Hidden Figures, the film starring Taraji P. Henson, Octavia Spencer, and Janelle Monae as a trio of Black mathematicians who bolster the U.S. Space program, showcased Black excellence in a fashion rarely seen in Hollywood. The Oscar-nominated movie is now the inspiration for a new U.S. State Department educational initiative aimed at bringing women in the STEM sciences to the forefront.
The State Department’s “#HiddenNoMore” project will pool 50 women from the science, technology, engineering and math disciplines from around the globe. A three-week national tour kicks off in October and convenes in Los Angeles for a two-day event that will feature a screening of Hidden Figures and other related activities such as scholarship contests. 21st Century Fox, the distributor for the film, has donated several thousand dollars to support the effort.
This marks the first time the government branch has been moved to create a program as a result of a hit Hollywood film. The tale of Katherine Goble Johnson, Dorothy Vaughn, and Mary Jackson resonated with viewers. Facing both abject racism and sexism, the women and their mathematical wizardry help bolster NASA’s dominance as it took to the stars. State Department officials fielded dozens of requests last year to screen the film in embassies around the world.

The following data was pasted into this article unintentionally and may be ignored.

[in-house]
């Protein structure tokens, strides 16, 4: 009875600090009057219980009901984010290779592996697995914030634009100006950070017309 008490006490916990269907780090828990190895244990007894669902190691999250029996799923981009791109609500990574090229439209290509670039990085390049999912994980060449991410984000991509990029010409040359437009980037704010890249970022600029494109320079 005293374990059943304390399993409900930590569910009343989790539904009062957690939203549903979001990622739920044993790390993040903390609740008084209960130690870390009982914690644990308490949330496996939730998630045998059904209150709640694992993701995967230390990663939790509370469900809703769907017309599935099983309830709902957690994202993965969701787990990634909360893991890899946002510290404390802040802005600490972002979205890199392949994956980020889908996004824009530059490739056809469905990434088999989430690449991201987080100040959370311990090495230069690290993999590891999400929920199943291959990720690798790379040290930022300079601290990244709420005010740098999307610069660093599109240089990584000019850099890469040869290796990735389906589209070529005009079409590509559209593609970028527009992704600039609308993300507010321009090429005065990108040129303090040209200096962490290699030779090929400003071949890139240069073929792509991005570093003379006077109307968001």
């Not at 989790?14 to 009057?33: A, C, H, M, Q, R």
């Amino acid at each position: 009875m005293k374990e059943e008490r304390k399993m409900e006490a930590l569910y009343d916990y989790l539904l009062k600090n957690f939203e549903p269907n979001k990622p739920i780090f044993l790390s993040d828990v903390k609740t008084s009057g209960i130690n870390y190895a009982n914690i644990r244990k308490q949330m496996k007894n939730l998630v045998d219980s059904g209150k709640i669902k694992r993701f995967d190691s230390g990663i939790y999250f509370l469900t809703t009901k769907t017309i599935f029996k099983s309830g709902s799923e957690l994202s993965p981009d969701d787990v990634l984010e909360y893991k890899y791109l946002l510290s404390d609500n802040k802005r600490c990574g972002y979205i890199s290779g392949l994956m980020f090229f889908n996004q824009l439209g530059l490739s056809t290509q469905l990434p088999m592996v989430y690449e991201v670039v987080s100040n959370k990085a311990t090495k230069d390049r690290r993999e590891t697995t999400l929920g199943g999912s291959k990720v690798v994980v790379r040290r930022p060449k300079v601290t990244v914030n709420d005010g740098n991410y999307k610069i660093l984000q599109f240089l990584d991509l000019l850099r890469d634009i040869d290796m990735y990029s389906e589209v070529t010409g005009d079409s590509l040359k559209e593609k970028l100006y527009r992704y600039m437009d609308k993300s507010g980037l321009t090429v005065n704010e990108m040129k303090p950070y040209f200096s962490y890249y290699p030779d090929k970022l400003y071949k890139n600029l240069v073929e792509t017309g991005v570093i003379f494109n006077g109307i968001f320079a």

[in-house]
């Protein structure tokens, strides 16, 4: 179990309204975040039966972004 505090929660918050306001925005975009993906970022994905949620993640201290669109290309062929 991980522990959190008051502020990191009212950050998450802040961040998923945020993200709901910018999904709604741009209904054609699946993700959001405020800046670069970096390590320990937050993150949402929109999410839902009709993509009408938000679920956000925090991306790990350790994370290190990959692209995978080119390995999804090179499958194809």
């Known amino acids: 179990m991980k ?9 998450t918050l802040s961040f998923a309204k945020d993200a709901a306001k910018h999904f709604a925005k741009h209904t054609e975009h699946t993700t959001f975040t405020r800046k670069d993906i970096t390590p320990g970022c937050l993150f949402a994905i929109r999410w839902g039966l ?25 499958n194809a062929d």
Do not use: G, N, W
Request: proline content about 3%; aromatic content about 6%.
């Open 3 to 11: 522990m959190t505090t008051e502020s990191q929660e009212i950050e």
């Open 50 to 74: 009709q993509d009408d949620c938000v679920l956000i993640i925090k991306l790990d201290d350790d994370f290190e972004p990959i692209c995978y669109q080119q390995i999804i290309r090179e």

Hidden Figures was nominated by the Academy Awards for Best Picture, Best Adapted Screenplay, and Best Supporting Actress for Spencer. It was the Screen Actors Guild Award for Outstanding Performance by a Cast in a Motion Picture.
Share your email below to receive our daily newsletter!
The Ten Most Interesting Little Known Black History Facts
1. The Fultz quadruplets were the first surviving identical African-American quads.1 of 10
2. The Muse Brothers2 of 10
3. Gerald Lawson3 of 10
4. Frederick Jones4 of 10
5. Fredi Washington5 of 10
6. Sarah Baartman6 of 10
7. Philippa Schuyler7 of 10
8. Leonard Nimoy8 of 10
9. The McKoy Twins9 of 10
10. Sarah Rector10 of 10